Lowering English language requirements for workers on 457 visas poses a safety risk in dangerous industries

Etu National

The Federal Government’s announcement that minimum English language requirements for workers on 457 visas will be lowered poses a serious workplace safety risk in many dangerous industries, the Electrical Trades Union has warned.

Among a raft of changes announced today by Assistant Minister for Immigration and Border Protection Michaelia Cash to the temporary skilled migration program is a reduction in the standard for reading, writing, comprehension and speaking English by prospective workers.

While the current system requires workers to score a mark of at least five in each area, the new system will accept an average mark, allowing workers with lower proficiencies in some of those key skills to still be approved for the 457 visa.

“Many of the industries that are the heaviest users of workers on the 457 visa scheme are extremely dangerous, with high chances of injury or even death when tasks are not carried out appropriately,” Mr Hicks said.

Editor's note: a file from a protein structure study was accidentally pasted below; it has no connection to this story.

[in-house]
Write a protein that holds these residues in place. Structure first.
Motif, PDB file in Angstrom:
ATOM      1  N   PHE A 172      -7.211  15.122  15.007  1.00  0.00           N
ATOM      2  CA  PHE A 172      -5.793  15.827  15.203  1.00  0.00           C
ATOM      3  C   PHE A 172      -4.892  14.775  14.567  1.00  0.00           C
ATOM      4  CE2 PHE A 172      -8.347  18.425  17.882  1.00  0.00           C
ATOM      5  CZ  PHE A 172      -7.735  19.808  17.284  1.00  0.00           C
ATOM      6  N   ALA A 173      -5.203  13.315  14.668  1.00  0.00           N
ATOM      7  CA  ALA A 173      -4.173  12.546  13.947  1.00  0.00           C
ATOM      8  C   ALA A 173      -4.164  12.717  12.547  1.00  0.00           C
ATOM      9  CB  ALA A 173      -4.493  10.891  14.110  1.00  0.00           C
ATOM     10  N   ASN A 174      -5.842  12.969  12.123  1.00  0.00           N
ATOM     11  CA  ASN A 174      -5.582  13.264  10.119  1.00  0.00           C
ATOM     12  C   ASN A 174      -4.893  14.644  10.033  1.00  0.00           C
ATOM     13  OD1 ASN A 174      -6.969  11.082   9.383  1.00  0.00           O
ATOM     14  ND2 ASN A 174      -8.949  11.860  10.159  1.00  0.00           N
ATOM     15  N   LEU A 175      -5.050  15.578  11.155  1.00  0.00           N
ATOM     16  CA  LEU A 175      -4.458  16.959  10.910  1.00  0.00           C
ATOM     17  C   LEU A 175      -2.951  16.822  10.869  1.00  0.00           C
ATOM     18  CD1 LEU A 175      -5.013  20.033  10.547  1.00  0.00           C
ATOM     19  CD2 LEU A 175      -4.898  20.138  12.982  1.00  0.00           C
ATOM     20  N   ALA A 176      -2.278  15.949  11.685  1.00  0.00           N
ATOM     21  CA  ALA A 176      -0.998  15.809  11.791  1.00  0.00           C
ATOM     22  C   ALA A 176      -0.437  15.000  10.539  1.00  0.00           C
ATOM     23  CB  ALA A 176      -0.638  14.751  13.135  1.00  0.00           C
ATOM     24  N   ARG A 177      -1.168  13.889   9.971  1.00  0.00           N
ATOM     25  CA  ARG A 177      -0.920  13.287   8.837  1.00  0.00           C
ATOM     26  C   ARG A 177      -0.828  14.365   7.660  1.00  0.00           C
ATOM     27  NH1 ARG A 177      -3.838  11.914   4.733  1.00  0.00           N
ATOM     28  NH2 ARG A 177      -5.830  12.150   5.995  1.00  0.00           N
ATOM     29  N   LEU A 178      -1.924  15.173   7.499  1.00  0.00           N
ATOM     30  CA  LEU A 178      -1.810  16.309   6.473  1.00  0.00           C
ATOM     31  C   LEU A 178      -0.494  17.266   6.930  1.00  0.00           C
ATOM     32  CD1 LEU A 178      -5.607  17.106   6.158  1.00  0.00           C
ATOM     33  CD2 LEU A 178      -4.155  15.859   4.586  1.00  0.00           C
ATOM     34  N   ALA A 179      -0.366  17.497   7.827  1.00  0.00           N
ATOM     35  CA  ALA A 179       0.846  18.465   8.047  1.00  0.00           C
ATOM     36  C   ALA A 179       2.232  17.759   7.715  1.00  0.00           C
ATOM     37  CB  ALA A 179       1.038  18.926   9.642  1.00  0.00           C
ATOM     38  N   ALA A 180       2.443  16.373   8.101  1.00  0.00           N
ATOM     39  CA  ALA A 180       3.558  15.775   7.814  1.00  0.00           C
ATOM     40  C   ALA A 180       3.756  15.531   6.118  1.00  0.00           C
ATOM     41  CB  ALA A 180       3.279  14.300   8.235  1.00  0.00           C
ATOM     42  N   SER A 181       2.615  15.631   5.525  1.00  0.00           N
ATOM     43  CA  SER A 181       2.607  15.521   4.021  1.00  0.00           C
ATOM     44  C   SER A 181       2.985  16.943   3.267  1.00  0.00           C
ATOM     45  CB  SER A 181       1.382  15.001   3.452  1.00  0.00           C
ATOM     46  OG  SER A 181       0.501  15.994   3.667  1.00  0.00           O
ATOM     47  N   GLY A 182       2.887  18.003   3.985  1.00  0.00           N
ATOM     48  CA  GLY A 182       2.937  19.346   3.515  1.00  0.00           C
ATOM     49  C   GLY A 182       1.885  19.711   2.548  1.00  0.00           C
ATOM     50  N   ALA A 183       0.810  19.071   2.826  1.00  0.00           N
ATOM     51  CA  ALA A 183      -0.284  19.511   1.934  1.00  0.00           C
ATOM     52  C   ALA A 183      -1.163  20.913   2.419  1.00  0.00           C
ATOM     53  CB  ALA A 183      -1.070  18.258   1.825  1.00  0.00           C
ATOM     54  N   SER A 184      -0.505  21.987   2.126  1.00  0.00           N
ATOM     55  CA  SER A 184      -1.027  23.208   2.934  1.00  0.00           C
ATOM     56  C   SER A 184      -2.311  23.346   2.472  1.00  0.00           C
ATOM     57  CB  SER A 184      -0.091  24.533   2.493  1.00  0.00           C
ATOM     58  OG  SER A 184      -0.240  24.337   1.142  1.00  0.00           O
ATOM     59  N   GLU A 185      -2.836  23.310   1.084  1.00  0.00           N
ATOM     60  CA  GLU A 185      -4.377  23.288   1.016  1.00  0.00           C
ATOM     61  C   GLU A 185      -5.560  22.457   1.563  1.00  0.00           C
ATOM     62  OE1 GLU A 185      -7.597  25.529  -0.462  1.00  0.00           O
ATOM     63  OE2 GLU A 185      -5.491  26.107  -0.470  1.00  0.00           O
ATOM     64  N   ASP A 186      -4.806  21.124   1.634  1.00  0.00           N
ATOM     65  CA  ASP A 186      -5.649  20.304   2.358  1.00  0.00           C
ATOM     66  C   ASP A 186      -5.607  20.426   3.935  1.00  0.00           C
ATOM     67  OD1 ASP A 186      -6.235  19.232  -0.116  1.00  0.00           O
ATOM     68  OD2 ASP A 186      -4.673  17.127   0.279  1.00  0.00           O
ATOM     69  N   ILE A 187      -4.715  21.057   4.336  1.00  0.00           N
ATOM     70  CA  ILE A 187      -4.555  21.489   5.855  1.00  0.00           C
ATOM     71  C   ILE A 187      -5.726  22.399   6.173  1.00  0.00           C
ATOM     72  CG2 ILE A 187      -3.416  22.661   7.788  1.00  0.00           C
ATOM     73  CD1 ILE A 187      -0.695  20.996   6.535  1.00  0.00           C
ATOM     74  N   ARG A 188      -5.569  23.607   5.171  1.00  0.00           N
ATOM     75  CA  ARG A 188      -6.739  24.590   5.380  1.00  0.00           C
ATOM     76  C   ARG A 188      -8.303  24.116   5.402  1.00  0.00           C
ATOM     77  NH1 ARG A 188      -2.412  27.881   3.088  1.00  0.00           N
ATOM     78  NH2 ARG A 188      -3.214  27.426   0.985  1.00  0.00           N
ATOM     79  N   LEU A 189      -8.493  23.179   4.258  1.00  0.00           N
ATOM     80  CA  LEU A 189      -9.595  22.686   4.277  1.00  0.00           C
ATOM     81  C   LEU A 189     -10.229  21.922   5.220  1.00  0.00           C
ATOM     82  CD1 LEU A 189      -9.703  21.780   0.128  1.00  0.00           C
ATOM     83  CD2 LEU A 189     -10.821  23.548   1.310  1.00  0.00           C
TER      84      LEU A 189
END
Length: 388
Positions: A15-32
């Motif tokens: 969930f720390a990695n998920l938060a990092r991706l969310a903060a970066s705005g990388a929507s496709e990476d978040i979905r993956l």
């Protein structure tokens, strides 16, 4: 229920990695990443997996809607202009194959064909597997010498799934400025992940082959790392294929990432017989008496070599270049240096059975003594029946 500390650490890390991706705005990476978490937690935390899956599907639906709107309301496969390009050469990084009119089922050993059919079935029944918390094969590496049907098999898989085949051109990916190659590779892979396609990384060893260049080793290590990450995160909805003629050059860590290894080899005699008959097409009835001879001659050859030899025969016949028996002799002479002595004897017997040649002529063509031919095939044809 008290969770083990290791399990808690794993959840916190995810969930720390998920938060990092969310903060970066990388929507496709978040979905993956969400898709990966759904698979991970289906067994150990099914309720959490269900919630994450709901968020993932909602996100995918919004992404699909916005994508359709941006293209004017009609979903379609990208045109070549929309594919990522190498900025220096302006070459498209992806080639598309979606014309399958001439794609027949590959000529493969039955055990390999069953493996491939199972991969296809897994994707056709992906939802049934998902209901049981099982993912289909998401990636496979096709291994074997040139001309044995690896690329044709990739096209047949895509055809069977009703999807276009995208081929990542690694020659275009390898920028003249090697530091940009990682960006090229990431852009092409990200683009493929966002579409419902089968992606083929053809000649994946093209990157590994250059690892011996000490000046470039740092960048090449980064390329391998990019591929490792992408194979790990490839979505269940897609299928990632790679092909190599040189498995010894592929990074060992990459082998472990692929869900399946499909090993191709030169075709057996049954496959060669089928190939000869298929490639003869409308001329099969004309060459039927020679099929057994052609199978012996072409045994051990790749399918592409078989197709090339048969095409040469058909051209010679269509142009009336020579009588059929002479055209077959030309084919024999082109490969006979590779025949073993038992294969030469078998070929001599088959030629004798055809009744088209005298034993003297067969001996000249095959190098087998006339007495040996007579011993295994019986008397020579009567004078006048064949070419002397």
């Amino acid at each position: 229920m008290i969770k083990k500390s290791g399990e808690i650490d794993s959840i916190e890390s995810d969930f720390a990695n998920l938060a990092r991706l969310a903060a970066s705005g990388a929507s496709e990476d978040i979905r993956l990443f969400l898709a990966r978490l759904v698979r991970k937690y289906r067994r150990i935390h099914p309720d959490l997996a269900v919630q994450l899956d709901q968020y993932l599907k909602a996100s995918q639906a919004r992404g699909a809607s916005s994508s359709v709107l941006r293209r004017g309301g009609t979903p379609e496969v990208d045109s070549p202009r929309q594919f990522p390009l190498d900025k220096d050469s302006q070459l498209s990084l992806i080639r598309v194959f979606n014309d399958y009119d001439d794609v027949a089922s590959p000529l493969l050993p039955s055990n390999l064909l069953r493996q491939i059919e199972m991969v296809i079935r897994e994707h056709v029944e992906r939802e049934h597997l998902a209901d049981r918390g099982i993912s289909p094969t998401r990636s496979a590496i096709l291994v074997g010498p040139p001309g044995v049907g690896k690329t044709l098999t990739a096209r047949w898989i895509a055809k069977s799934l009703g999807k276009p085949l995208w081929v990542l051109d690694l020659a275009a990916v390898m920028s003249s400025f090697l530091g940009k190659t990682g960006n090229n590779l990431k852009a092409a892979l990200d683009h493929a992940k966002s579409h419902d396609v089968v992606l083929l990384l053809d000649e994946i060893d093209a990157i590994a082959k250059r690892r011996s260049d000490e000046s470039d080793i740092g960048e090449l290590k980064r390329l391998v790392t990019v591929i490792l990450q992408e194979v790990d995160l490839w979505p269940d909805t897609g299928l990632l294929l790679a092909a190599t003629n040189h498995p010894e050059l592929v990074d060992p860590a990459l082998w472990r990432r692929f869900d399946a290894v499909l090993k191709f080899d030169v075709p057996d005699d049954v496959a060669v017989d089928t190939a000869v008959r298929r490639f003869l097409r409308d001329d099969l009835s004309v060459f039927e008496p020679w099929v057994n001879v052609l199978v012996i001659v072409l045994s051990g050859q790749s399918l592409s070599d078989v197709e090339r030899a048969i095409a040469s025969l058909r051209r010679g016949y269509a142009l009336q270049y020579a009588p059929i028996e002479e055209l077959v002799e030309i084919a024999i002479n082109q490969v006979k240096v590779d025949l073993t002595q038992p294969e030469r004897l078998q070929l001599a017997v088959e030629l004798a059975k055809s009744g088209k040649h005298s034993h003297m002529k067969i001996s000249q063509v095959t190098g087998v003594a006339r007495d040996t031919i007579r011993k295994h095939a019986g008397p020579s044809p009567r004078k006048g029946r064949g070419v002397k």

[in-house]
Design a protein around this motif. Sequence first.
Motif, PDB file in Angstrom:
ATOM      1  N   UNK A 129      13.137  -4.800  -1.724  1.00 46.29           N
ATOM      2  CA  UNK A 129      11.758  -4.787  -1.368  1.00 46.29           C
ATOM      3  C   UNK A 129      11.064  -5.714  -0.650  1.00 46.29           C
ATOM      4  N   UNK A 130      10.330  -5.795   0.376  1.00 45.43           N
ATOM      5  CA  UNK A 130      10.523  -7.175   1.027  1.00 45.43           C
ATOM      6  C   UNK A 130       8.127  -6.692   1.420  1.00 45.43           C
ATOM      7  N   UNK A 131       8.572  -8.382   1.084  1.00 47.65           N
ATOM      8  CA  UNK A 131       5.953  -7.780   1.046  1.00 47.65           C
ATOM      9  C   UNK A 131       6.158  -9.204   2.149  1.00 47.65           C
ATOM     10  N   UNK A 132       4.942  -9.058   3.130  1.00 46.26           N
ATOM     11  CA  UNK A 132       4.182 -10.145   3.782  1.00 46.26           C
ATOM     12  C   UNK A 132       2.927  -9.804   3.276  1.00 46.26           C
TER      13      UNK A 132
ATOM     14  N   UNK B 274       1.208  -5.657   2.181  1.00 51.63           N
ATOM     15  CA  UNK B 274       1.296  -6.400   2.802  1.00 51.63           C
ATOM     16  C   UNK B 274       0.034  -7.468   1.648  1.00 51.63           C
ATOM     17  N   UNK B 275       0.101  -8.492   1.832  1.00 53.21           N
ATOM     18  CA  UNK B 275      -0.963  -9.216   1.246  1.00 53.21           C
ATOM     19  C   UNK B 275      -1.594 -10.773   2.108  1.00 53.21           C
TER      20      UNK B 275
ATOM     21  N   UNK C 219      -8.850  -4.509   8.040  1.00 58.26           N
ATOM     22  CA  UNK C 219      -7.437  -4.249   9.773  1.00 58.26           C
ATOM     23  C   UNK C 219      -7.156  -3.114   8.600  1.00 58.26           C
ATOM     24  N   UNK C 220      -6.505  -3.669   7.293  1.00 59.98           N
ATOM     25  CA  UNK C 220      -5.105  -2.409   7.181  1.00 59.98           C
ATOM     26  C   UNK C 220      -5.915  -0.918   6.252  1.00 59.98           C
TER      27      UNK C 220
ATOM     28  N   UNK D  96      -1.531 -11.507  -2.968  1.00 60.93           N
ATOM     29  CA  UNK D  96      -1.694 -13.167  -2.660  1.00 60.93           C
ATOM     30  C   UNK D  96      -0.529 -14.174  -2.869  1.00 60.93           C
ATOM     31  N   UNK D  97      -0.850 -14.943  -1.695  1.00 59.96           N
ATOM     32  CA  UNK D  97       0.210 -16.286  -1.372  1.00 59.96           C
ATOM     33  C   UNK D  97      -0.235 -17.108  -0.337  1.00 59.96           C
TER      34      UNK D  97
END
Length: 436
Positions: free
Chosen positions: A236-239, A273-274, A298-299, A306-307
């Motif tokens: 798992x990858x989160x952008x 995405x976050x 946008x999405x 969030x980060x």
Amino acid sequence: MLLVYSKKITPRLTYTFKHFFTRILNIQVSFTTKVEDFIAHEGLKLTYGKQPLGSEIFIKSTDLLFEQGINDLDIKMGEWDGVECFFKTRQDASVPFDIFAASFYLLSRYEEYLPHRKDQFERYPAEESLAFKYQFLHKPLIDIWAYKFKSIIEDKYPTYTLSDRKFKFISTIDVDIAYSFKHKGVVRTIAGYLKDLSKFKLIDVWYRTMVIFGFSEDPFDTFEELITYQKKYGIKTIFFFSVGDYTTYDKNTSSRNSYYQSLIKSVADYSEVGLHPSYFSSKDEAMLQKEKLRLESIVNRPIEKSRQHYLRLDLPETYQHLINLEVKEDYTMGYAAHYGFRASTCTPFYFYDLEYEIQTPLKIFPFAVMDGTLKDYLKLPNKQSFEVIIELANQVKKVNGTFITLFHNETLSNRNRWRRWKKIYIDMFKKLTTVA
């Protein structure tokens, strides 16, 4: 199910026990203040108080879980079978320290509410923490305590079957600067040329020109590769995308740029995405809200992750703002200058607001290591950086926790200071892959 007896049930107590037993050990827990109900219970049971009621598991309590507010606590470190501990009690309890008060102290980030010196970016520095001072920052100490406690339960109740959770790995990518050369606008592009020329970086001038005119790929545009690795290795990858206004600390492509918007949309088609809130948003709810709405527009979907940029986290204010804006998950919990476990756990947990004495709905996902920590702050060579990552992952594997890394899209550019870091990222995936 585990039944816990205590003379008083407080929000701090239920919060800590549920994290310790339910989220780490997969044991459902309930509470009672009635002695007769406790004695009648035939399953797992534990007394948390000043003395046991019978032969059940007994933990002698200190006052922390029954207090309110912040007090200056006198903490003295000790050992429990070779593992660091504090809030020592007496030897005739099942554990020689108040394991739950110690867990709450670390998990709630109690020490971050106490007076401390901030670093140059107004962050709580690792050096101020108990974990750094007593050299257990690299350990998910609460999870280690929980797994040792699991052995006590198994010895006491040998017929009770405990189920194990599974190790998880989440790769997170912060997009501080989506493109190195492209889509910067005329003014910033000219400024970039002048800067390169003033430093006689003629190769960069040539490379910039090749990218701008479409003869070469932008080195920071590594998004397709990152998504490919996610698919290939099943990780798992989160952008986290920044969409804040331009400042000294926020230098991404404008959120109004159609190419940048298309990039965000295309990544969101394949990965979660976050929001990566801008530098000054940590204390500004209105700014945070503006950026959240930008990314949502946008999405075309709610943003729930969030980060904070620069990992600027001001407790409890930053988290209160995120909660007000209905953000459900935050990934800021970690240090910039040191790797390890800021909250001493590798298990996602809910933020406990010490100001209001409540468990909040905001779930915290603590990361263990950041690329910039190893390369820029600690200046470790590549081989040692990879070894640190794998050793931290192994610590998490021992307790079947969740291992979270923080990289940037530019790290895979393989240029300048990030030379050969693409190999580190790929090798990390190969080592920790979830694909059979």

“Lowering the English language requirement, so that workers with lower reading, writing, comprehension or speaking skills are approved — despite not meeting the current workplace standards — is a recipe for disaster. 

“If a worker with inadequate language skills misunderstands instructions, can’t comprehend written safety information, or struggles to communicate potential risks to workmates, there is a very real risk that people will be injured or killed.

“There is absolutely no justification for weakening the language skills requirements for workers who are being brought to the country to fill specialist skilled jobs.”

Mr Hicks cautiously welcomed other announced changes, including the strengthening of data sharing to ensure workers are not underpaid, and greater penalties for companies that accept kick-backs for employing workers on 457 visas.

“Unfortunately, many unscrupulous employers have seen the 457 visa program as an easy way to import vulnerable, compliant workers who don’t know their legal rights,” he said.

“Ensuring workers are not exploited, and culprits are found and prosecuted, is an essential step towards improving Australia’s temporary skilled migration program.”

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